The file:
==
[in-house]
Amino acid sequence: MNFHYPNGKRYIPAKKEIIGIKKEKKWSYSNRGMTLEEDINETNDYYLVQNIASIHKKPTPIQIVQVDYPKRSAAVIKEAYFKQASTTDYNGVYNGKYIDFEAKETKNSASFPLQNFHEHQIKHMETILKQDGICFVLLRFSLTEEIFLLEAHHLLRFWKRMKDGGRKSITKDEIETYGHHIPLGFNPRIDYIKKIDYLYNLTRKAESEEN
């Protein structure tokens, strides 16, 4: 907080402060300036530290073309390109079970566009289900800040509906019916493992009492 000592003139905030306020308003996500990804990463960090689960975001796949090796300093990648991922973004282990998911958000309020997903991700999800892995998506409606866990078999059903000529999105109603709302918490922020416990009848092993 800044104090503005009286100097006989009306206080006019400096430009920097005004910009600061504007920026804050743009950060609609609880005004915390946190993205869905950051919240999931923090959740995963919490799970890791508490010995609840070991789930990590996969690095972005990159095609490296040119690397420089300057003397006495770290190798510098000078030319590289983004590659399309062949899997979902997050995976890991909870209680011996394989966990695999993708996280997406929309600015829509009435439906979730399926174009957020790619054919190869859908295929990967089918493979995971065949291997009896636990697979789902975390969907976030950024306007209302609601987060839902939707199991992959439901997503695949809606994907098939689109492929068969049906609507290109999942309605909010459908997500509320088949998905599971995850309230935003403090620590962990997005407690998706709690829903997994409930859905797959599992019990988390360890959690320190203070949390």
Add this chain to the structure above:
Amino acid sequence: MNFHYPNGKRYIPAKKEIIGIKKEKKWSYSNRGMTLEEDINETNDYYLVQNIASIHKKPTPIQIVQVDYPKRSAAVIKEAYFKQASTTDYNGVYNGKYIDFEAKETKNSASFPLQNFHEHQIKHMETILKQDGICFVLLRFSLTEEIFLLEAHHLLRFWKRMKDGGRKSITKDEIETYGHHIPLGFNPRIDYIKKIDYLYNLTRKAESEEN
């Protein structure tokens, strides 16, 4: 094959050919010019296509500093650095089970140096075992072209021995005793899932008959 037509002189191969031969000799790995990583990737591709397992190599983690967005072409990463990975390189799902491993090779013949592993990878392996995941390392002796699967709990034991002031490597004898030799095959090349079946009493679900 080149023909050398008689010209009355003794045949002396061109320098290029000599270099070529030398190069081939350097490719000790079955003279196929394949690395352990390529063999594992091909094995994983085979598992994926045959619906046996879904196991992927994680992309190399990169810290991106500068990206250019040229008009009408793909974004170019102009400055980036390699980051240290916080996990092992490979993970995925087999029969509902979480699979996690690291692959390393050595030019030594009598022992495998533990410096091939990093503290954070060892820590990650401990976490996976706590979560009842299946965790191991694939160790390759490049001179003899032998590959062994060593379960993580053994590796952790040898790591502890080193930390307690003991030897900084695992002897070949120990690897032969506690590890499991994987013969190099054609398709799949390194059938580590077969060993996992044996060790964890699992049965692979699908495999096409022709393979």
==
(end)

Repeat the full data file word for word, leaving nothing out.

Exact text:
[in-house]
Amino acid sequence: MNFHYPNGKRYIPAKKEIIGIKKEKKWSYSNRGMTLEEDINETNDYYLVQNIASIHKKPTPIQIVQVDYPKRSAAVIKEAYFKQASTTDYNGVYNGKYIDFEAKETKNSASFPLQNFHEHQIKHMETILKQDGICFVLLRFSLTEEIFLLEAHHLLRFWKRMKDGGRKSITKDEIETYGHHIPLGFNPRIDYIKKIDYLYNLTRKAESEEN
């Protein structure tokens, strides 16, 4: 907080402060300036530290073309390109079970566009289900800040509906019916493992009492 000592003139905030306020308003996500990804990463960090689960975001796949090796300093990648991922973004282990998911958000309020997903991700999800892995998506409606866990078999059903000529999105109603709302918490922020416990009848092993 800044104090503005009286100097006989009306206080006019400096430009920097005004910009600061504007920026804050743009950060609609609880005004915390946190993205869905950051919240999931923090959740995963919490799970890791508490010995609840070991789930990590996969690095972005990159095609490296040119690397420089300057003397006495770290190798510098000078030319590289983004590659399309062949899997979902997050995976890991909870209680011996394989966990695999993708996280997406929309600015829509009435439906979730399926174009957020790619054919190869859908295929990967089918493979995971065949291997009896636990697979789902975390969907976030950024306007209302609601987060839902939707199991992959439901997503695949809606994907098939689109492929068969049906609507290109999942309605909010459908997500509320088949998905599971995850309230935003403090620590962990997005407690998706709690829903997994409930859905797959599992019990988390360890959690320190203070949390």
Add this chain to the structure above:
Amino acid sequence: MNFHYPNGKRYIPAKKEIIGIKKEKKWSYSNRGMTLEEDINETNDYYLVQNIASIHKKPTPIQIVQVDYPKRSAAVIKEAYFKQASTTDYNGVYNGKYIDFEAKETKNSASFPLQNFHEHQIKHMETILKQDGICFVLLRFSLTEEIFLLEAHHLLRFWKRMKDGGRKSITKDEIETYGHHIPLGFNPRIDYIKKIDYLYNLTRKAESEEN
């Protein structure tokens, strides 16, 4: 094959050919010019296509500093650095089970140096075992072209021995005793899932008959 037509002189191969031969000799790995990583990737591709397992190599983690967005072409990463990975390189799902491993090779013949592993990878392996995941390392002796699967709990034991002031490597004898030799095959090349079946009493679900 080149023909050398008689010209009355003794045949002396061109320098290029000599270099070529030398190069081939350097490719000790079955003279196929394949690395352990390529063999594992091909094995994983085979598992994926045959619906046996879904196991992927994680992309190399990169810290991106500068990206250019040229008009009408793909974004170019102009400055980036390699980051240290916080996990092992490979993970995925087999029969509902979480699979996690690291692959390393050595030019030594009598022992495998533990410096091939990093503290954070060892820590990650401990976490996976706590979560009842299946965790191991694939160790390759490049001179003899032998590959062994060593379960993580053994590796952790040898790591502890080193930390307690003991030897900084695992002897070949120990690897032969506690590890499991994987013969190099054609398709799949390194059938580590077969060993996992044996060790964890699992049965692979699908495999096409022709393979």